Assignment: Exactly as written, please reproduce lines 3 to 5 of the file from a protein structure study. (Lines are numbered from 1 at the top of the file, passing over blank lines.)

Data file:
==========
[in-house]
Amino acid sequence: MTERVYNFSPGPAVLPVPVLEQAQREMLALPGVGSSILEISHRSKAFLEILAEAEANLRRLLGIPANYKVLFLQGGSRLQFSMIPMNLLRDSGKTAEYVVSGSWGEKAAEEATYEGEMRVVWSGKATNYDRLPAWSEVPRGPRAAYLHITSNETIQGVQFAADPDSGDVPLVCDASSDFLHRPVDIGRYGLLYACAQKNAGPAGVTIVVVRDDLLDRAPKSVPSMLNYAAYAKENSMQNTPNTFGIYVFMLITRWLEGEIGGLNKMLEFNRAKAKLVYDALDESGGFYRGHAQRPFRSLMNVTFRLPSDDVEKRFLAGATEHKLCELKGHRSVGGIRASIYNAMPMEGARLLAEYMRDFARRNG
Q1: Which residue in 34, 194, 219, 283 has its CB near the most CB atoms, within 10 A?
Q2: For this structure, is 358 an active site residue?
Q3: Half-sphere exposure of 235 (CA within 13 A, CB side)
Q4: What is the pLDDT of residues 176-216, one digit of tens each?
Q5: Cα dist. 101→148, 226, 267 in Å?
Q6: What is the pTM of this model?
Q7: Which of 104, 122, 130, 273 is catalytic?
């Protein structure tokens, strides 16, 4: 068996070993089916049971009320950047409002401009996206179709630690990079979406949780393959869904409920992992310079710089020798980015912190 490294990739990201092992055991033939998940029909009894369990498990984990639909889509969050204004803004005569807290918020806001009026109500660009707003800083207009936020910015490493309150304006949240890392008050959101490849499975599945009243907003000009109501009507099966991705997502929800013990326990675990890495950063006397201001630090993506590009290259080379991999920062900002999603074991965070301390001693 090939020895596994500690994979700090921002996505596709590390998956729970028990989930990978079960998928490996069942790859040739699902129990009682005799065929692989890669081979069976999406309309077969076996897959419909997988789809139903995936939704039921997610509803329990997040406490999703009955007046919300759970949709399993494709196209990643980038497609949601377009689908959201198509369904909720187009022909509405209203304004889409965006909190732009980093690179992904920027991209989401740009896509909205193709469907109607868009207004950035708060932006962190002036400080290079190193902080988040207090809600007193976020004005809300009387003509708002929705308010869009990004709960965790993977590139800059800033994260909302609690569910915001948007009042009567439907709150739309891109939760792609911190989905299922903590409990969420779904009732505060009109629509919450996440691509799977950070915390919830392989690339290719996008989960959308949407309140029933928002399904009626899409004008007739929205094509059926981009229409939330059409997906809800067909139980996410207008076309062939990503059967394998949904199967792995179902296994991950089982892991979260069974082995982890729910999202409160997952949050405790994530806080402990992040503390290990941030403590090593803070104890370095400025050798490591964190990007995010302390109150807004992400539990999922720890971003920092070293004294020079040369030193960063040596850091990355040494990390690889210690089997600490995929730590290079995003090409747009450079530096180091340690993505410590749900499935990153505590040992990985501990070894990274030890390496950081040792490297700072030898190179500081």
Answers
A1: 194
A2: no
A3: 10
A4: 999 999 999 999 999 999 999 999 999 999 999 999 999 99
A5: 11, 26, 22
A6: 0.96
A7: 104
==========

Q1: Which residue in 34, 194, 219, 283 has its CB near the most CB atoms, within 10 A?
Q2: For this structure, is 358 an active site residue?
Q3: Half-sphere exposure of 235 (CA within 13 A, CB side)